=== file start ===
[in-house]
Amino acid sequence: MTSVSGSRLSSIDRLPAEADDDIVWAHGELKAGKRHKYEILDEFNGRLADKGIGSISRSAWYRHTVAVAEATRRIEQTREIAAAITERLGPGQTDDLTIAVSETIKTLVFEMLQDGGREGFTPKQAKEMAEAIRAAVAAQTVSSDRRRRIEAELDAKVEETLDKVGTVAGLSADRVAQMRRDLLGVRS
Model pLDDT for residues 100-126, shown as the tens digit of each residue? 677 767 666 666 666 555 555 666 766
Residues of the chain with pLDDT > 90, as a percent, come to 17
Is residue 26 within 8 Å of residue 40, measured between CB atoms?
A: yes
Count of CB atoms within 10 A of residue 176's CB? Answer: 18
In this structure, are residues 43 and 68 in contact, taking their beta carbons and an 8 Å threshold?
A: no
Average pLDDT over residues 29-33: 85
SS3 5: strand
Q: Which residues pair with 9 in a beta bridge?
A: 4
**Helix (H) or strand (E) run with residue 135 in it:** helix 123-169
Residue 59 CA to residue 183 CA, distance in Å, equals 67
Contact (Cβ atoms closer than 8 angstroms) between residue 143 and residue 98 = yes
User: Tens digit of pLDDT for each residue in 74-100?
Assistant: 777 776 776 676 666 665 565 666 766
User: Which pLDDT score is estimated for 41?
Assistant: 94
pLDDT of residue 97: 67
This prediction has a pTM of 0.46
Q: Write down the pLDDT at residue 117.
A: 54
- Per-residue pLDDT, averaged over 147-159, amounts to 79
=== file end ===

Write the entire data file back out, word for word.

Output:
[in-house]
Amino acid sequence: MTSVSGSRLSSIDRLPAEADDDIVWAHGELKAGKRHKYEILDEFNGRLADKGIGSISRSAWYRHTVAVAEATRRIEQTREIAAAITERLGPGQTDDLTIAVSETIKTLVFEMLQDGGREGFTPKQAKEMAEAIRAAVAAQTVSSDRRRRIEAELDAKVEETLDKVGTVAGLSADRVAQMRRDLLGVRS
Model pLDDT for residues 100-126, shown as the tens digit of each residue? 677 767 666 666 666 555 555 666 766
Residues of the chain with pLDDT > 90, as a percent, come to 17
Is residue 26 within 8 Å of residue 40, measured between CB atoms?
A: yes
Count of CB atoms within 10 A of residue 176's CB? Answer: 18
In this structure, are residues 43 and 68 in contact, taking their beta carbons and an 8 Å threshold?
A: no
Average pLDDT over residues 29-33: 85
SS3 5: strand
Q: Which residues pair with 9 in a beta bridge?
A: 4
**Helix (H) or strand (E) run with residue 135 in it:** helix 123-169
Residue 59 CA to residue 183 CA, distance in Å, equals 67
Contact (Cβ atoms closer than 8 angstroms) between residue 143 and residue 98 = yes
User: Tens digit of pLDDT for each residue in 74-100?
Assistant: 777 776 776 676 666 665 565 666 766
User: Which pLDDT score is estimated for 41?
Assistant: 94
pLDDT of residue 97: 67
This prediction has a pTM of 0.46
Q: Write down the pLDDT at residue 117.
A: 54
- Per-residue pLDDT, averaged over 147-159, amounts to 79